Align pricing with how different groups use your software and derive value from it
To keep the soil fertile for future sales, software pricing must work as well for future groups of users as for initial users. Some of them may use the software differently or derive less value from it.
If your licensing metric, packaging, pricing and incentives don’t anticipate and accommodate this variability, they can become barriers to natural expansion. Buyers who perceive their future costs as excessive will hesitate to roll out software to additional users. Or they’ll push back for deeper discounts, lessening what would otherwise be a strong revenue shot directly to your bottom line.
You can avoid these growth barriers by anchoring your monetization strategy in detailed quantitative and qualitative analyses that provide insight into the complexities of your customer mix and how different types of users derive value from your software. The resulting insights will point to clever ways of packaging software functionality and pricing the packages so that customers see a clear, economically compelling path to additional purchases.
Seed your next sale, and the next, …
The ease and speed of follow-on sales depend on whether you’ve achieved a strong initial deal configuration. Under pressure to close or just make any kind of landfall, sales teams sometimes fail to fully envision the customer journey and provision for that expansion path.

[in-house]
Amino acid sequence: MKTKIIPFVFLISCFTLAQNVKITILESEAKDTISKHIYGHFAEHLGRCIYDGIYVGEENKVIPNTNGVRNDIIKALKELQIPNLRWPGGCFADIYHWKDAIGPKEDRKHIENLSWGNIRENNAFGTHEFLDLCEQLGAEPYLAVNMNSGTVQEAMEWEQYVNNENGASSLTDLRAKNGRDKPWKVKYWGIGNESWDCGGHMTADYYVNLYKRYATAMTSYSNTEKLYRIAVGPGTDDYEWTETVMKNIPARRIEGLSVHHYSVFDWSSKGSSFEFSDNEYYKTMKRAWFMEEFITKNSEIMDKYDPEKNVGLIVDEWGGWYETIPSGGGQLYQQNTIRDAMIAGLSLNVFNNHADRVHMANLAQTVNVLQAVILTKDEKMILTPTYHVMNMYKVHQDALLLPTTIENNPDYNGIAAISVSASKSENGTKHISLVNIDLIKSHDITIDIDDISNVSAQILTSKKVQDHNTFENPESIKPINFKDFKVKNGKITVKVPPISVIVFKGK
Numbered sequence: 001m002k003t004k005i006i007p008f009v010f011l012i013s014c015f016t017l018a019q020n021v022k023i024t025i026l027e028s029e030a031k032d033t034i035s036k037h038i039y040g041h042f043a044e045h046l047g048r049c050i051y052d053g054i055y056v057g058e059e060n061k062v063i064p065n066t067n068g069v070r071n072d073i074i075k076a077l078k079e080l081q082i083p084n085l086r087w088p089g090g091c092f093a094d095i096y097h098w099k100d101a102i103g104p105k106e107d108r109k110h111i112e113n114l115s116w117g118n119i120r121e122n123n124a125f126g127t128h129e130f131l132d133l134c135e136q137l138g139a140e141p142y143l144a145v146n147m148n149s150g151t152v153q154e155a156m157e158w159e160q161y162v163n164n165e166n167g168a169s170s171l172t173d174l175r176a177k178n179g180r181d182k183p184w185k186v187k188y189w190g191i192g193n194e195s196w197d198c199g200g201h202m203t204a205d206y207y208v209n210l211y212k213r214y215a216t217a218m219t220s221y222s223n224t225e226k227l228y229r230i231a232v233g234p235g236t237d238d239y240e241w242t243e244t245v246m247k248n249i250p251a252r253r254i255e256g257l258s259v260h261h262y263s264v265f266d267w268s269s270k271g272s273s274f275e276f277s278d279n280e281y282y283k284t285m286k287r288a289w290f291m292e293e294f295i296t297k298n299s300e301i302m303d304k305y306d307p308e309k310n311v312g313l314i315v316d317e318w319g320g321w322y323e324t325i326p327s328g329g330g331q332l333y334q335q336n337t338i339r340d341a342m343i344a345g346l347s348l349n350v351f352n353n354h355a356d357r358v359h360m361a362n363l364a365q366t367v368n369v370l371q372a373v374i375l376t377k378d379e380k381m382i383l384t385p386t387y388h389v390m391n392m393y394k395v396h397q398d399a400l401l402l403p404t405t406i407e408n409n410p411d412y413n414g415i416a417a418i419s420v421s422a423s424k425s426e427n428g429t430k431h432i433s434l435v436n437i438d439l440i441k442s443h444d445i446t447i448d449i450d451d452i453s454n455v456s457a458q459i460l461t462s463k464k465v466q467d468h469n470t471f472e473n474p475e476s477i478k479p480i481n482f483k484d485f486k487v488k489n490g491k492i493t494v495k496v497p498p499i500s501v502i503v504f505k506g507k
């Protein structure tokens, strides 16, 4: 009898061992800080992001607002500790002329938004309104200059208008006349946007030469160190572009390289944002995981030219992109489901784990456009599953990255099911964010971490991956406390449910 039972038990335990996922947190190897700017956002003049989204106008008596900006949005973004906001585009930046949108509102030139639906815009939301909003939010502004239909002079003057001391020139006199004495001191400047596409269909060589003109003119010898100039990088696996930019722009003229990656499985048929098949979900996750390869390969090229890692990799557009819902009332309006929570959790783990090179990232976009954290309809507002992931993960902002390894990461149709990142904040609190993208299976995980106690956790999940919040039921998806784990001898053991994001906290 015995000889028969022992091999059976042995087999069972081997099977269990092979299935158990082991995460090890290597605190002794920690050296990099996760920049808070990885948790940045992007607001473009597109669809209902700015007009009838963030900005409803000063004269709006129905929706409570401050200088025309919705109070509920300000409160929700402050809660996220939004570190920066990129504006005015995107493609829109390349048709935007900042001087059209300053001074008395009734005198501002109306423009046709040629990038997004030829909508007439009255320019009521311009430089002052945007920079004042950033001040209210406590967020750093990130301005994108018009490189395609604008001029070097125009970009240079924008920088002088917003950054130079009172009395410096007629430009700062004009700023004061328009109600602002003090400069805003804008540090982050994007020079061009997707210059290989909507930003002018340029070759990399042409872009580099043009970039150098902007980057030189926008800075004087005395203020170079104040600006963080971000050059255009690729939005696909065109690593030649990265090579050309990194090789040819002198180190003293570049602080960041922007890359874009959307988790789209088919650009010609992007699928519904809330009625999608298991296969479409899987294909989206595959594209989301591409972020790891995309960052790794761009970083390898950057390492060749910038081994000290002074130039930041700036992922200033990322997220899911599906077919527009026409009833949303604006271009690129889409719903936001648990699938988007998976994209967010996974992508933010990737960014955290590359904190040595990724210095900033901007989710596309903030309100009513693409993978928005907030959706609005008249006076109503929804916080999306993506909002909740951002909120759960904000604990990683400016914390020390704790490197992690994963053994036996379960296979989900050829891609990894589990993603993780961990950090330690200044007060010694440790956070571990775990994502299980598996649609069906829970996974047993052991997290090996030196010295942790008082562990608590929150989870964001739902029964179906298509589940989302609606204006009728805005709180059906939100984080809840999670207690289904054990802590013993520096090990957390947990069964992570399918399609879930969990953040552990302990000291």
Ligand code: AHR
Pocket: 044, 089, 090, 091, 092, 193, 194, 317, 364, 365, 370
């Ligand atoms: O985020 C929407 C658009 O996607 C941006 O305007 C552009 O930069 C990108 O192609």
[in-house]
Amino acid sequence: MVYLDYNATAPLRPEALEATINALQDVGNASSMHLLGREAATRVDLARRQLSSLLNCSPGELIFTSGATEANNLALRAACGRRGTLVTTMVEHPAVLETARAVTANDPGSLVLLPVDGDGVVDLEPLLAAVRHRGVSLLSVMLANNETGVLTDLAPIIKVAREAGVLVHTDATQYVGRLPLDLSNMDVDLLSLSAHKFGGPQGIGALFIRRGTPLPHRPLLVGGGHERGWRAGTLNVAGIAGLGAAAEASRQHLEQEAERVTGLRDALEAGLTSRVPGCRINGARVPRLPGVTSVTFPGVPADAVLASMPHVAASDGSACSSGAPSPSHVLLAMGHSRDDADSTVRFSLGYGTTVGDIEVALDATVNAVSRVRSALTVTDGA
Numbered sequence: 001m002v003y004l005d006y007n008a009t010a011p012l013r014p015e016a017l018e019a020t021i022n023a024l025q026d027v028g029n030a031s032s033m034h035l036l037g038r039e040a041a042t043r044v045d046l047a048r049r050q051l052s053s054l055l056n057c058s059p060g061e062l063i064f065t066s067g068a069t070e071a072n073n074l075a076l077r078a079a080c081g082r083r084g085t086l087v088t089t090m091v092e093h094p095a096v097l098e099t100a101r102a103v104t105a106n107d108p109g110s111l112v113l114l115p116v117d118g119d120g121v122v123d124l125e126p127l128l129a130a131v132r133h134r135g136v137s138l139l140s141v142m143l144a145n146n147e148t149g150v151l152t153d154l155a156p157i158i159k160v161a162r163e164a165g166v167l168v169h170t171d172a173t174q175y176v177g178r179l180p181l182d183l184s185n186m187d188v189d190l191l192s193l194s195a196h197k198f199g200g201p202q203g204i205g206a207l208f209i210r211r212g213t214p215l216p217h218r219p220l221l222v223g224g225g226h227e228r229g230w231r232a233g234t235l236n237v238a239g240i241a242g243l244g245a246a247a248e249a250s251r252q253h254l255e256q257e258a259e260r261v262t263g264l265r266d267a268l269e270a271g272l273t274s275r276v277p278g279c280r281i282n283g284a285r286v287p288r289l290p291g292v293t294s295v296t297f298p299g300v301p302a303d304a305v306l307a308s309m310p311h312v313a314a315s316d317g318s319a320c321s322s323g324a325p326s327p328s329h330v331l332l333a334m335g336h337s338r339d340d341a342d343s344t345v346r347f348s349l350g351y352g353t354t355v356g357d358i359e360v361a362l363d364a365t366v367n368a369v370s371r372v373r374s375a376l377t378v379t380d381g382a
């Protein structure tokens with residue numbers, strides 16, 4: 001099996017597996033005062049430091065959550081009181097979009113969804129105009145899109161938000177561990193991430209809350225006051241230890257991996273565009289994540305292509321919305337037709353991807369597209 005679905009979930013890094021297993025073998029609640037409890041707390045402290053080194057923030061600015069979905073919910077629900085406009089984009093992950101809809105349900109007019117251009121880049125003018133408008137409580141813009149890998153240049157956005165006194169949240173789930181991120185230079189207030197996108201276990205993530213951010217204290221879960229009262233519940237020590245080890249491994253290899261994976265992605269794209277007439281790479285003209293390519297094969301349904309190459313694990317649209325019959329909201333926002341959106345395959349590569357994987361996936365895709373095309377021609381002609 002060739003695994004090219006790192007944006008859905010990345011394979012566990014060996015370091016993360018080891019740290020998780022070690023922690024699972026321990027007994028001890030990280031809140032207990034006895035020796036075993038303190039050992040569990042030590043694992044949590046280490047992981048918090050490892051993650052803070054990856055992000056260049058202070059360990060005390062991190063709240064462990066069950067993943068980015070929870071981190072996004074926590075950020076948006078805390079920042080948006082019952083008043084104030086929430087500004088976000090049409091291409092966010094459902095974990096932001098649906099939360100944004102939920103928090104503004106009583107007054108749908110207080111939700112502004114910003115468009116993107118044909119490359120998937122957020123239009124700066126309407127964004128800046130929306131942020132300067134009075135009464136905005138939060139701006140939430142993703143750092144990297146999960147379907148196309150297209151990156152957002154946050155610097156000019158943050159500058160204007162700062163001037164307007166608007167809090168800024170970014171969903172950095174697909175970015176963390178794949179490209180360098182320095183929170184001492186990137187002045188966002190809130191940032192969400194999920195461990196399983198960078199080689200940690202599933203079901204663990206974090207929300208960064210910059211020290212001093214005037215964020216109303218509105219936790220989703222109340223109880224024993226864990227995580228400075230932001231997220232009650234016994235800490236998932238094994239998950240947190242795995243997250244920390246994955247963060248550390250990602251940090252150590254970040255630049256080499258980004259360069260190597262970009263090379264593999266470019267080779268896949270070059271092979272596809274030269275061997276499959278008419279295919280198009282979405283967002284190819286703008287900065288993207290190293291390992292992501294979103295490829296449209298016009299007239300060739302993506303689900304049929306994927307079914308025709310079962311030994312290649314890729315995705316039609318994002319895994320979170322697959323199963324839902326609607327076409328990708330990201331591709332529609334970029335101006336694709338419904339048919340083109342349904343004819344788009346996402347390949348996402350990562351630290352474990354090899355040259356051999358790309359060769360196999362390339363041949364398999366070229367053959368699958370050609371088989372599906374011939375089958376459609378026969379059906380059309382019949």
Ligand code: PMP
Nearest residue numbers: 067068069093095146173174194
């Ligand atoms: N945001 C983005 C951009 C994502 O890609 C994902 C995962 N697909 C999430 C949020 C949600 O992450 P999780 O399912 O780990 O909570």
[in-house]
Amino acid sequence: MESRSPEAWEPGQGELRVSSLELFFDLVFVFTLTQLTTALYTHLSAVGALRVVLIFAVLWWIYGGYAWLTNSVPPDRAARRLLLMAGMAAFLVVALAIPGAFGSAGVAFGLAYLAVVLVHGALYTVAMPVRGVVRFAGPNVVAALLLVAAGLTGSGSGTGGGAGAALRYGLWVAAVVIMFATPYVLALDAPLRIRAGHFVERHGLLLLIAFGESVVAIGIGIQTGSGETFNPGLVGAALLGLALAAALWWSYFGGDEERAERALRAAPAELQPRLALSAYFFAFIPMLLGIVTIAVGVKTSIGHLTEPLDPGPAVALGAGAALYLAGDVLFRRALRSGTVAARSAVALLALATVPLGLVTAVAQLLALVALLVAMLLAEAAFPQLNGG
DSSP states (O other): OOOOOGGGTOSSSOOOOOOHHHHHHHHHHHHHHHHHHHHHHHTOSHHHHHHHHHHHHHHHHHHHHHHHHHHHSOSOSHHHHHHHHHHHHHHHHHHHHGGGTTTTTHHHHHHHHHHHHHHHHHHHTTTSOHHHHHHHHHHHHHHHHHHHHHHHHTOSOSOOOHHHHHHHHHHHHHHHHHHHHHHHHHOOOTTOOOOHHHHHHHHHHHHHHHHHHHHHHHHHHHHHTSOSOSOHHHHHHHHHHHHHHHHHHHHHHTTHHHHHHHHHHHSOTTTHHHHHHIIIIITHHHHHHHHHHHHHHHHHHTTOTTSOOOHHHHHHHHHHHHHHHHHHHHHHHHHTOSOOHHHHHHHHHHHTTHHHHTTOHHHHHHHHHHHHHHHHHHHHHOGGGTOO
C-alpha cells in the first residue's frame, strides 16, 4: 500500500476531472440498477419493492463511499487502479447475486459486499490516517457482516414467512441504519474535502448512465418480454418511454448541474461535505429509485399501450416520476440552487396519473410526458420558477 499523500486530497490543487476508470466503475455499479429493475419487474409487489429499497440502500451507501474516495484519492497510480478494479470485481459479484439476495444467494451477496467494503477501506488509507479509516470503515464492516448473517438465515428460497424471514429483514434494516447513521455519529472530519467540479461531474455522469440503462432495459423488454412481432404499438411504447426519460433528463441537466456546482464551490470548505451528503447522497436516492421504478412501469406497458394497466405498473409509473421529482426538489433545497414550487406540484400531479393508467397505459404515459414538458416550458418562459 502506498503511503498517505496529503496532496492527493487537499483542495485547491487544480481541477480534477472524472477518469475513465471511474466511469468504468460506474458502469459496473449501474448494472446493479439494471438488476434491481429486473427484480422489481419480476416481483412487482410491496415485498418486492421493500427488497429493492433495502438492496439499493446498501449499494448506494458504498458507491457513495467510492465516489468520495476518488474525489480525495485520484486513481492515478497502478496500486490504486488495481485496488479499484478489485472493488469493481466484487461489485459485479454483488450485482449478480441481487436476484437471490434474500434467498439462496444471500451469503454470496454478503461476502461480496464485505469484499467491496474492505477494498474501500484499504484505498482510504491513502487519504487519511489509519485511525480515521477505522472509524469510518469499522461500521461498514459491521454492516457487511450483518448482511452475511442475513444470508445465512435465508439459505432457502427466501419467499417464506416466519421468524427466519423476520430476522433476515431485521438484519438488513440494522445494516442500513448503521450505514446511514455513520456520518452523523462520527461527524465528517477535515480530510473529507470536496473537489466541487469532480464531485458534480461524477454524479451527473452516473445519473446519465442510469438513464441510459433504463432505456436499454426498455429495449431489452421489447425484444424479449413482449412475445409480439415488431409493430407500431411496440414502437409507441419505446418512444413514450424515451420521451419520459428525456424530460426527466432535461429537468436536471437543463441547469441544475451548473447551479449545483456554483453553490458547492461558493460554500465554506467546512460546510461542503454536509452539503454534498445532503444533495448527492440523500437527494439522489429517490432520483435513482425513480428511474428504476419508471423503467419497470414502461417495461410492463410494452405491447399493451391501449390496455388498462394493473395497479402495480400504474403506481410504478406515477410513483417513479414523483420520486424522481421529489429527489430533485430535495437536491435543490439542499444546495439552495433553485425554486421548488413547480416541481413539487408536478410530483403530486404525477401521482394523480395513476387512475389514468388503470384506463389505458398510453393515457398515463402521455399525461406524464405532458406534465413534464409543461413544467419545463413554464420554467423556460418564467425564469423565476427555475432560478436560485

For instance, I’ve mentioned shallow deployments that aren’t firmly rooted in operations. Maybe your initial sale addressed only part of a business process, leaving workflows marbled with manual tasks. If there are no clear paths for addressing other parts of the process, forward sales momentum will stall out. Eventually, your software will be seen as functionally limited, only a partial solution, leaving the door open for competitors to complete or replace it.
In Market Fairness Pricing, sales teams have a complete monetization framework that covers both initial and expansion sales. A key piece of this framework is a packaging strategy that accommodates the complexities of your customer mix and use cases—and evolves if these change over time.
Sales teams also have data-driven, interactive pricing fluency tools. They use them to demonstrate that your pricing is fairly applied to all buyers and to show how discounts and other incentives can be earned initially and through additional purchases. This pricing transparency and consultative selling, along with customer satisfaction with proven value, create fertile soil for continued expansion of revenues and relationships.
Looking for richer soil? Take a deeper look…
Find out more about increasing sales momentum and account value by downloading our ebook on Three Ways to Make Sure Your Land & Expand Strategies Actually Expand. Or contact me at firstname.lastname@example.org. To learn about reducing your risk when making software pricing changes, check out our post on the five fundamentals of software pricing risk.